Background check laws by state > Colorado
Employers that are either located in Colorado or hiring Colorado residents must abide by the Federal FCRA, and they should consider the following state laws. For more information on Colorado state laws, please visit the state legislature.
CRS 12-14-.3-105.3 (1)e: Colorado's reporting laws are preempted by the FCRA.
Please be aware that while this law is on the books, it does not regulate consumer reporting agencies. The FCRA is the controlling law in Colorado, and allows reporting of criminal convictions indefintely.
CR-605(a) No consumer reporting agency shall make any consumer report containing any of the following items of information: (e) Records of arrest, indictment or conviction of a crime that, from the date of disposition, release, or parole, predate the report by more than seven years. 2) The provisions of subsection (1) of this section do not apply to the case of any consumer report to be used in connection with: (c) The employment of an individual at an annual salary that equals or is reasonably expected to equal seventy-five thousand dollars or more.
In other words:
Under Colorado law, CRAs cannot report on criminal information that is older than 7 years, unless the salary of the job in question equals or is expected to equal $75,000 or more.
(3) (a) An employer shall not use consumer credit information for employment purposes unless the information is substantially related to the employee's current or potential job. An employer or employer's agent, representative, or designee shall not require an employee to consent to a request for a credit report that contains information about the employee's credit score, credit account balances, payment history, savings or checking account balances, or savings or checking account numbers as a condition of employment unless:
(b) When consumer credit information is substantially related to the employee's current or potential job, an employer may inquire further of the employee to give him or her the opportunity to explain any unusual or mitigating circumstances where the consumer credit information may not reflect money management skills but is rather attributable to some other factor, including a layoff, error in the credit information, act of identity theft, medical expense, military separation, death, divorce, or separation in the employee's family, student debt, or a lack of credit history.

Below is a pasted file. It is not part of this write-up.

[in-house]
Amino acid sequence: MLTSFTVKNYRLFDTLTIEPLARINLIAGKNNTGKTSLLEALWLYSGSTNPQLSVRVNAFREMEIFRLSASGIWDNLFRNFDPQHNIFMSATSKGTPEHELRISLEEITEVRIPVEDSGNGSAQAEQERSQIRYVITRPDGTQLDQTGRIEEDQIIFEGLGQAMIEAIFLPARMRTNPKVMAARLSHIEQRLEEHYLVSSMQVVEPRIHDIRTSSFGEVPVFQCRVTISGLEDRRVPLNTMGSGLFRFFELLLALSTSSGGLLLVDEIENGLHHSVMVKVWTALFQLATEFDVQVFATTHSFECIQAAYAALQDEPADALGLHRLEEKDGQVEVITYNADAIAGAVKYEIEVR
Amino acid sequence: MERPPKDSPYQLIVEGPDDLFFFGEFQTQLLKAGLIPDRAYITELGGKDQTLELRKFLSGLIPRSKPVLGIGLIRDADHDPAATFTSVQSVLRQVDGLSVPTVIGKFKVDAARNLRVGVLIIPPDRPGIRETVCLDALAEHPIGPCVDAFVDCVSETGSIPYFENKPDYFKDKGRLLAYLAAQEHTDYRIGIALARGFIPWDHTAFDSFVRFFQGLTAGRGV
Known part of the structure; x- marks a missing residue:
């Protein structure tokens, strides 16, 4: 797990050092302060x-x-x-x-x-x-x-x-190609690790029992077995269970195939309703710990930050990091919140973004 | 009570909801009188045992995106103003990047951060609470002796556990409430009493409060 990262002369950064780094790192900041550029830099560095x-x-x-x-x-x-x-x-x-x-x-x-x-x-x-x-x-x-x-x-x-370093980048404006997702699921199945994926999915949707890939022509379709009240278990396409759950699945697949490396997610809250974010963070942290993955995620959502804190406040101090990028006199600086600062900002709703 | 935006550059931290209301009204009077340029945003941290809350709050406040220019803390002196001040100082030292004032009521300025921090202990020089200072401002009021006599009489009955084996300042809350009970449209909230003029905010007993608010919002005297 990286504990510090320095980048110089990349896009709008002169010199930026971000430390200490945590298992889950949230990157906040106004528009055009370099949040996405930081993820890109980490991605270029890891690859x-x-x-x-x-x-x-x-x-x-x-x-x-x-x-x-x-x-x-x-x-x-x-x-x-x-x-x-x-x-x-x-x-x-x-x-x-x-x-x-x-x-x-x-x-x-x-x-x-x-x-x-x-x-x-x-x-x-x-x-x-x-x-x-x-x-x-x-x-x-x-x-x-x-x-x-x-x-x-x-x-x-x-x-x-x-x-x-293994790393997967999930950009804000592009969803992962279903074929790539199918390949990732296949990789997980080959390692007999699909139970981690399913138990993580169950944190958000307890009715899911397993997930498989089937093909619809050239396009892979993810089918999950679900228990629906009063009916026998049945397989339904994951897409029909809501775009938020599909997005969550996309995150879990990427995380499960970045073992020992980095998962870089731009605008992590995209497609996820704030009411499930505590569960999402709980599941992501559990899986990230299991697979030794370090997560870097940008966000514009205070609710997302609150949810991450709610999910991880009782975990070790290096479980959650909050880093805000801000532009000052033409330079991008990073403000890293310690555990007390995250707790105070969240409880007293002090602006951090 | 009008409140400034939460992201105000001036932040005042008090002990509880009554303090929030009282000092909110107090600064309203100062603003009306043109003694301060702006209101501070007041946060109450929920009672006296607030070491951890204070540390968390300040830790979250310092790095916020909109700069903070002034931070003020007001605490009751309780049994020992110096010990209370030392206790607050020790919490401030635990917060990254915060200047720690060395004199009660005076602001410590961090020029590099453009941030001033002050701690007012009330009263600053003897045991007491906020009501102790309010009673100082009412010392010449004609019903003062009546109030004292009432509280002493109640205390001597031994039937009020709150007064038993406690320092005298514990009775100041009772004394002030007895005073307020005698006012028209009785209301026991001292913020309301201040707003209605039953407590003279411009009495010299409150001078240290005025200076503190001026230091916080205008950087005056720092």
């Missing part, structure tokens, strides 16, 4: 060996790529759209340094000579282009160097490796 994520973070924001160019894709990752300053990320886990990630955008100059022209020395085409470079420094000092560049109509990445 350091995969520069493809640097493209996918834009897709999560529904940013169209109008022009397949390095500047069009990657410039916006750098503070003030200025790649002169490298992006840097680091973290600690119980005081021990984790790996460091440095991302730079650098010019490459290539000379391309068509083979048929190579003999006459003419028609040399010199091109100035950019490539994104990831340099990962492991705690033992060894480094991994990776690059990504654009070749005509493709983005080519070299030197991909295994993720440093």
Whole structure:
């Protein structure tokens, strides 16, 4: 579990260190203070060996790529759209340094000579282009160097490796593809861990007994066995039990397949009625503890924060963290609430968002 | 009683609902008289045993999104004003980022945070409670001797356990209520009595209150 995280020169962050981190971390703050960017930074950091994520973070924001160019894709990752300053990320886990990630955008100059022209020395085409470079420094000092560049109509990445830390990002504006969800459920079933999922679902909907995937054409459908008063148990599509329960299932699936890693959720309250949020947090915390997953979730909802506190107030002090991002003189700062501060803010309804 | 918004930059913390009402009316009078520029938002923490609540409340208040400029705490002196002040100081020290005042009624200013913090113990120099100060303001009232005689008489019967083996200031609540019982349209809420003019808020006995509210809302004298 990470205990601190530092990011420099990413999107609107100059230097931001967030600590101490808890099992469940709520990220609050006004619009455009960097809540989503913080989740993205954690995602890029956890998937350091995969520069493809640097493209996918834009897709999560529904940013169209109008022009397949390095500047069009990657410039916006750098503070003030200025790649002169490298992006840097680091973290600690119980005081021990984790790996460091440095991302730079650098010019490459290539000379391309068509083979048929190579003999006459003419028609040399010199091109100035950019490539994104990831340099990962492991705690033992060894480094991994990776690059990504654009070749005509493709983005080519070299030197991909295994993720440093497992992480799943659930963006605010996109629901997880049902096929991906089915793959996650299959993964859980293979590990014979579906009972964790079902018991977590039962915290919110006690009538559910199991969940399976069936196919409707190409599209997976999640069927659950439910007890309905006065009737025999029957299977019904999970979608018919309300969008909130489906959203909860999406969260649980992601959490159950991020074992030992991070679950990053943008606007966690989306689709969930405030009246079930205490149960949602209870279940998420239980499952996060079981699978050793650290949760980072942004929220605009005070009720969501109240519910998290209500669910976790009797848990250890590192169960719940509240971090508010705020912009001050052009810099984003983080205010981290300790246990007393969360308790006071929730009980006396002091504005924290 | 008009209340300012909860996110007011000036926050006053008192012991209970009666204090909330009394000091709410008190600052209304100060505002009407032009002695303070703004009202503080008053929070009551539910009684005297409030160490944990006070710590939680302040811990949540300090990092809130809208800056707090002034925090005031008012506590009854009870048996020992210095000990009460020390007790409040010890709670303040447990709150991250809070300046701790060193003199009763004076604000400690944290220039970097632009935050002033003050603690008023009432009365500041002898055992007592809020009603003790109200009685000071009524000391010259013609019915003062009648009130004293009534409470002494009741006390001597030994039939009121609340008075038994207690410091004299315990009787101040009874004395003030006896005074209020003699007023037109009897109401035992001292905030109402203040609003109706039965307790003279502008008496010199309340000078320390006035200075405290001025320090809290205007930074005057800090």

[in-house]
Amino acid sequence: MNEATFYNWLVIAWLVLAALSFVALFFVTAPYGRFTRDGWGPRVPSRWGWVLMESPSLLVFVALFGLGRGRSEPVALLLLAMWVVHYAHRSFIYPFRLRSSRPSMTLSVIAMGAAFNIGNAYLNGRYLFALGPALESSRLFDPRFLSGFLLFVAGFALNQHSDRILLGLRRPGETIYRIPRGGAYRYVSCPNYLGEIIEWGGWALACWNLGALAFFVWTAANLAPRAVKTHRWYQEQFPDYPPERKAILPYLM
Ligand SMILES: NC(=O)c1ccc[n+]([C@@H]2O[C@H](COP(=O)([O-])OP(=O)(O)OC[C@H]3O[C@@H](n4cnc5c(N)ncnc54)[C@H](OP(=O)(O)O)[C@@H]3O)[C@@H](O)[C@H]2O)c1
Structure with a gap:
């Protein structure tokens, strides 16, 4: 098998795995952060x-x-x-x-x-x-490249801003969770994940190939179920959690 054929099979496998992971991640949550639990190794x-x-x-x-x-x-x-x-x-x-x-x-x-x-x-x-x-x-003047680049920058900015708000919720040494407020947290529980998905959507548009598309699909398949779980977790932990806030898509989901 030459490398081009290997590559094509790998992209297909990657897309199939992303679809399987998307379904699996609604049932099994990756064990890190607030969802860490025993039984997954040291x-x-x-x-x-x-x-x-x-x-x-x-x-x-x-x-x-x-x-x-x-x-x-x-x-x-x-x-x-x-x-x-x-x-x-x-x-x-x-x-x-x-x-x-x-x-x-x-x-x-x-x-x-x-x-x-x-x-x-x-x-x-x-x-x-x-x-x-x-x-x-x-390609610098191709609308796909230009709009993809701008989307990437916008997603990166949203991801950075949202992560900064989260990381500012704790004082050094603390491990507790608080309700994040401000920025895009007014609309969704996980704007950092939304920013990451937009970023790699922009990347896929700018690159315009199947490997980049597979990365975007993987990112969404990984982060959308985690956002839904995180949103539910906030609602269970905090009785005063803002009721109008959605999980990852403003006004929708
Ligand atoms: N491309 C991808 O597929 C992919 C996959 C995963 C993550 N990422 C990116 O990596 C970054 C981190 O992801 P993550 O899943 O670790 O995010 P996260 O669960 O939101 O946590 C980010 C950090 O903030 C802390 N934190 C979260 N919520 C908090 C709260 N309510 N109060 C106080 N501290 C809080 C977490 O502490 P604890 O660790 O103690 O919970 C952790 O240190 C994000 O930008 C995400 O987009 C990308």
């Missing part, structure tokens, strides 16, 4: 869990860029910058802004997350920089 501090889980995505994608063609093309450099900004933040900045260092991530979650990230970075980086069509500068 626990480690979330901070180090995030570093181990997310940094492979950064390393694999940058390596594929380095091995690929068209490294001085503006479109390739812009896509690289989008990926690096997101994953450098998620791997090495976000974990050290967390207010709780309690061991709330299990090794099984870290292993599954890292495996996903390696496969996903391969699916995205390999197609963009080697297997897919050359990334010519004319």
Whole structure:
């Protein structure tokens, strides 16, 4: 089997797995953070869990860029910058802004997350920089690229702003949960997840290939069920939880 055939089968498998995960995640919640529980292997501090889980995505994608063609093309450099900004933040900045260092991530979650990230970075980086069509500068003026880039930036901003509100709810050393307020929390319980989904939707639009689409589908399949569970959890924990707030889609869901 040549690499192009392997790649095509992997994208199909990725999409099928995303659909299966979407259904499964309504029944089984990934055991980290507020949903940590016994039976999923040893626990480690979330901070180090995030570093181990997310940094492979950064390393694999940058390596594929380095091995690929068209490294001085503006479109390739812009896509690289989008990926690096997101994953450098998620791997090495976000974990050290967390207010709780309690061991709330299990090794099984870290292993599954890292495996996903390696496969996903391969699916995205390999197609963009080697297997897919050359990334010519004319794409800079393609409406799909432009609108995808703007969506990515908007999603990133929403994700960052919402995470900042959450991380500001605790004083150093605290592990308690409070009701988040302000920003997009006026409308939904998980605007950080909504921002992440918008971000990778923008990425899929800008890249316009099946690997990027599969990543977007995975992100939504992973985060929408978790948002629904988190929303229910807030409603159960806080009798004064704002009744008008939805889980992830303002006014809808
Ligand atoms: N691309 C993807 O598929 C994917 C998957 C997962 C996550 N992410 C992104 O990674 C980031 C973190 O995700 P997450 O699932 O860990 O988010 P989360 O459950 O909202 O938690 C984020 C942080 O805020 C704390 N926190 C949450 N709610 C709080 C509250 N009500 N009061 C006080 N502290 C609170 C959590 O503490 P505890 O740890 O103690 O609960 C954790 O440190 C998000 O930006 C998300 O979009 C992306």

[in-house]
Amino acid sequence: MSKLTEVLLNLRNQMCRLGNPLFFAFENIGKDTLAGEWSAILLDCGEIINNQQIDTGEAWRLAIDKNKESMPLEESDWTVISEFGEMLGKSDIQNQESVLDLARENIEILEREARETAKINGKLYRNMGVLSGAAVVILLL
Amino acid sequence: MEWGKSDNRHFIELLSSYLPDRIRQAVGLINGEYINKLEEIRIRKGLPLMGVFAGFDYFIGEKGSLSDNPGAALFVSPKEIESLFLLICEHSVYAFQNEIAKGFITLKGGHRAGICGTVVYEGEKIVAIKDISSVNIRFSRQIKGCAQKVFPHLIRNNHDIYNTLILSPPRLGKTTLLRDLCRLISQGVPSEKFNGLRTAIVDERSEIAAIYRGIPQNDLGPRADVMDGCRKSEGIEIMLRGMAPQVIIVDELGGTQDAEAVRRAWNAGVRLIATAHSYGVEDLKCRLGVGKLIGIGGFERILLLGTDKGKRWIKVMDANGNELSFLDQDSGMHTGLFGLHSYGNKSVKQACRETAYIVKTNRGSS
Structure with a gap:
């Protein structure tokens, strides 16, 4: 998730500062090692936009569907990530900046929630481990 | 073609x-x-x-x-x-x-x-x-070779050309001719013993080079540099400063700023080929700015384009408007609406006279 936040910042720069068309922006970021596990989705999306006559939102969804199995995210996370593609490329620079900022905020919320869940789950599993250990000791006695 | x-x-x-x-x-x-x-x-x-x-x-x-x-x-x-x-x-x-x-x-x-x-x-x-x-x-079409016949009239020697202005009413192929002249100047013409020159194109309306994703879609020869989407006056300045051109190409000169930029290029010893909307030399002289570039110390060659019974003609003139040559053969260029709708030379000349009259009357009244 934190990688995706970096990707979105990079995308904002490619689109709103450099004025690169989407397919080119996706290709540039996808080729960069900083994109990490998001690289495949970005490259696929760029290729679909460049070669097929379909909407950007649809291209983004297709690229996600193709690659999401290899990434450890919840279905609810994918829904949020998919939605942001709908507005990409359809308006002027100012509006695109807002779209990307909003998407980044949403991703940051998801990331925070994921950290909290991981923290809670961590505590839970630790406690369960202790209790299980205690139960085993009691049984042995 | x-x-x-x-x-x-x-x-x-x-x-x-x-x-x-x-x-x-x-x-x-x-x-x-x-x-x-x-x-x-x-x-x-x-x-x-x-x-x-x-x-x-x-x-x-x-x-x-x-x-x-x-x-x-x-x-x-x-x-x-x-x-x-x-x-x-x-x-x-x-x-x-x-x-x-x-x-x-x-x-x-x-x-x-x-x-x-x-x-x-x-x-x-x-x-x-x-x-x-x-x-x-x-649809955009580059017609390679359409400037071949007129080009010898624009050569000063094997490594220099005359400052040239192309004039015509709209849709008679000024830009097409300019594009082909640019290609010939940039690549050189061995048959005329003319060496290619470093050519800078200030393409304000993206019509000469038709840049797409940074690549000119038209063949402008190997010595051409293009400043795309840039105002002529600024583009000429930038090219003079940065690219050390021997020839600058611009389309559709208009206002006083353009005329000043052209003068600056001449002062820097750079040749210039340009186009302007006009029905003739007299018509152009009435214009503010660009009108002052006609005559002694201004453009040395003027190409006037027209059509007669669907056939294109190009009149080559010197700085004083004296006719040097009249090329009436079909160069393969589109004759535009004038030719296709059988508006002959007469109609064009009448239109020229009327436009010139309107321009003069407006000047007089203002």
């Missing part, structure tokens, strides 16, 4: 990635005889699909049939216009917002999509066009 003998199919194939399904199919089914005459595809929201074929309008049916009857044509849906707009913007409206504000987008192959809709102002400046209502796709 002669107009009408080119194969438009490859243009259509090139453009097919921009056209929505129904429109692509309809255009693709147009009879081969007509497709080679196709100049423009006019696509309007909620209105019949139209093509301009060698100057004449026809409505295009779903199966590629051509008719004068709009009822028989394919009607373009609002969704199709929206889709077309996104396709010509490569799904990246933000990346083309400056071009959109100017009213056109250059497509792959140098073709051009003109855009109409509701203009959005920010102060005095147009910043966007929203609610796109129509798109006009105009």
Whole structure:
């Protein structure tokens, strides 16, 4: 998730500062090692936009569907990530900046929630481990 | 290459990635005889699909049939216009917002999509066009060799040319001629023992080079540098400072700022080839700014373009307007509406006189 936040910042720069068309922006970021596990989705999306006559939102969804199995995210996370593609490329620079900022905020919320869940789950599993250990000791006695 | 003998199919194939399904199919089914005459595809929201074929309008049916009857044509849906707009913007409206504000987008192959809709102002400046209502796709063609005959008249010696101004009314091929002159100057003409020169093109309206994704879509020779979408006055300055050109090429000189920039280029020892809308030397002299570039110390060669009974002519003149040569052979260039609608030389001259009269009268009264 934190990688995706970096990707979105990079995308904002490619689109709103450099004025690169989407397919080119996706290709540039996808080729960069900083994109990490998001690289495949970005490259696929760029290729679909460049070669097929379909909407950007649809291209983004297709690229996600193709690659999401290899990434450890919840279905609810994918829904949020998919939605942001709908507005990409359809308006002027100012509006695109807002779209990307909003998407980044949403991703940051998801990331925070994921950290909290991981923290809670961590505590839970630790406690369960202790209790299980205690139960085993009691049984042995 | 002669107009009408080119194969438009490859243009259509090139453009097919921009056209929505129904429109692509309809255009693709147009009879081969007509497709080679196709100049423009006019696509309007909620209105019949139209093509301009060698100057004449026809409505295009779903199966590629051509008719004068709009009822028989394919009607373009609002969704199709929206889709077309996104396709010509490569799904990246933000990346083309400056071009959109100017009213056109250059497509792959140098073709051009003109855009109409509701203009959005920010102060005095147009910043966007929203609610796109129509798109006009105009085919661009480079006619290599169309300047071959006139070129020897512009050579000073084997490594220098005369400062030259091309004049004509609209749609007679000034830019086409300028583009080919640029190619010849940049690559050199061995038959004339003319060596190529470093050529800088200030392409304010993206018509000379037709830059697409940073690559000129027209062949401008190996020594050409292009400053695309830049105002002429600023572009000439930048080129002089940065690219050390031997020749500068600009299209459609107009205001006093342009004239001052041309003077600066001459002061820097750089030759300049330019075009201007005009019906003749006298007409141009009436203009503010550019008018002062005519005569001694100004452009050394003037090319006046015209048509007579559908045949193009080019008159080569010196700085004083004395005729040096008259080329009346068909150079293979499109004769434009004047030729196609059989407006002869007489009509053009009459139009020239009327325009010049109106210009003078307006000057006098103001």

Employers in Colorado can only consider an applicant’s credit information when making employment decisions if: (1) the employer is a bank or financial institution; (2) the report is required by law; or (3) the report is significantly linked to the job in question, and the employer has good reason – which she or he has explained in writing – to ask for or use the applicant’s credit information. If an employer finds irregularities in the applicant’s credit information, the employer can give the candidate the chance to explain the causes of the irregularities.
If you find that your criminal records are incorrect or incomplete and you would like to take action, you should contact the specific jurisdiction in which the records were originally filed.
Feel free to take a look at some of these resources for more information:
List of all courts and their contact information
Sealing Juvenile Records
Sealing Underage Drinking and Driving
Sealing a Case - Underage Alcohol
Sealing of Arrest and Criminal Records
Sealing of Criminal Conviction Records
All of the following are included in civil records: judgments, liens, evictions, family and small claims cases. If you would like to dispute a record, contact the court in which the record was filed.
In order to set a standard around hiring policies, the federal government has created the Fair Credit Reporting Act or FCRA to monitor and protect both employers and job seekers. With this law, individuals are protected from unfair workplace discrimination and data breaches of their private, sensitive information. Interested in learning more? Check out GoodHire’s 10-step process for legally obtaining background reports. Be sure to read the official FCRA full text or summary legal document for more details.
Find any court in the USA: Court Locator Tool http://www.uscourts.gov/court_locator/CourtLocatorSearch.aspx
GoodHire tries to update and correct the information provided for this state regularly, but we cannot make the guarantee that everything is fully up-to-date. Laws and regulations change often. This information is not meant to be used as legal advice, solicitation, or advertising. We always recommend speaking to a lawyer before taking any legal action. Please contact us if you find something that is incorrect or out-of-date on our site.